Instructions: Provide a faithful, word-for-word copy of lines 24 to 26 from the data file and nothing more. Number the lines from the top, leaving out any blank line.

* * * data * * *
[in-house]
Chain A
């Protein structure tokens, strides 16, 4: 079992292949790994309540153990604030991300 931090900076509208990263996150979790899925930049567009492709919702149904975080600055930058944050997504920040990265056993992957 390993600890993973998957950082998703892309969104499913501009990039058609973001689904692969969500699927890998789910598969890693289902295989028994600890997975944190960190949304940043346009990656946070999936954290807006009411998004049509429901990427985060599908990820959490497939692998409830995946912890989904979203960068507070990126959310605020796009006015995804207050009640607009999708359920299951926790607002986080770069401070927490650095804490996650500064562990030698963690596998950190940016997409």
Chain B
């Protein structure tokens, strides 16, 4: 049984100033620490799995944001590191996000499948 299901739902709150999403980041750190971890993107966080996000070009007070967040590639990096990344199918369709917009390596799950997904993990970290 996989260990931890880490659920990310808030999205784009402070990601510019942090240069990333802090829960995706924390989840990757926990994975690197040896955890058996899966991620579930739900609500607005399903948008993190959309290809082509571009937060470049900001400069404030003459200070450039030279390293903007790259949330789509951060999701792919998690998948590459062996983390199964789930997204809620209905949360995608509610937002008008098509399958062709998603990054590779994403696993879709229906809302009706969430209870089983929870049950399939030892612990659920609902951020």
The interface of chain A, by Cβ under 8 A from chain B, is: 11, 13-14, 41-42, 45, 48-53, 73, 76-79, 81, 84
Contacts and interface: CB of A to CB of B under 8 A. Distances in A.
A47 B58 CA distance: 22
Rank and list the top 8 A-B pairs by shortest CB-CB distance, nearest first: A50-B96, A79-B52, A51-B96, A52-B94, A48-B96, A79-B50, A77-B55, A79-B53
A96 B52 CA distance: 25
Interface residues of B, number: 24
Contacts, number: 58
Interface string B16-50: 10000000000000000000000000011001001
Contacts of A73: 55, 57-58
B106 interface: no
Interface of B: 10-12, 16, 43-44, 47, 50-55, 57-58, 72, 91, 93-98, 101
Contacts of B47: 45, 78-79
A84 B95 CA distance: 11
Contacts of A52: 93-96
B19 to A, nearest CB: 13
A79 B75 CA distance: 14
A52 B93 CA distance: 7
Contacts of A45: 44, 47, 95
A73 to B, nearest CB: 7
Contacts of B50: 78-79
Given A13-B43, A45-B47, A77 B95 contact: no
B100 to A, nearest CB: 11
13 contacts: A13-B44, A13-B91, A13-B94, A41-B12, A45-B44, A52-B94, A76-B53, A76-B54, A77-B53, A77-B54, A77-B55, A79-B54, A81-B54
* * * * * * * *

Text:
A73 to B, nearest CB: 7
Contacts of B50: 78-79
Given A13-B43, A45-B47, A77 B95 contact: no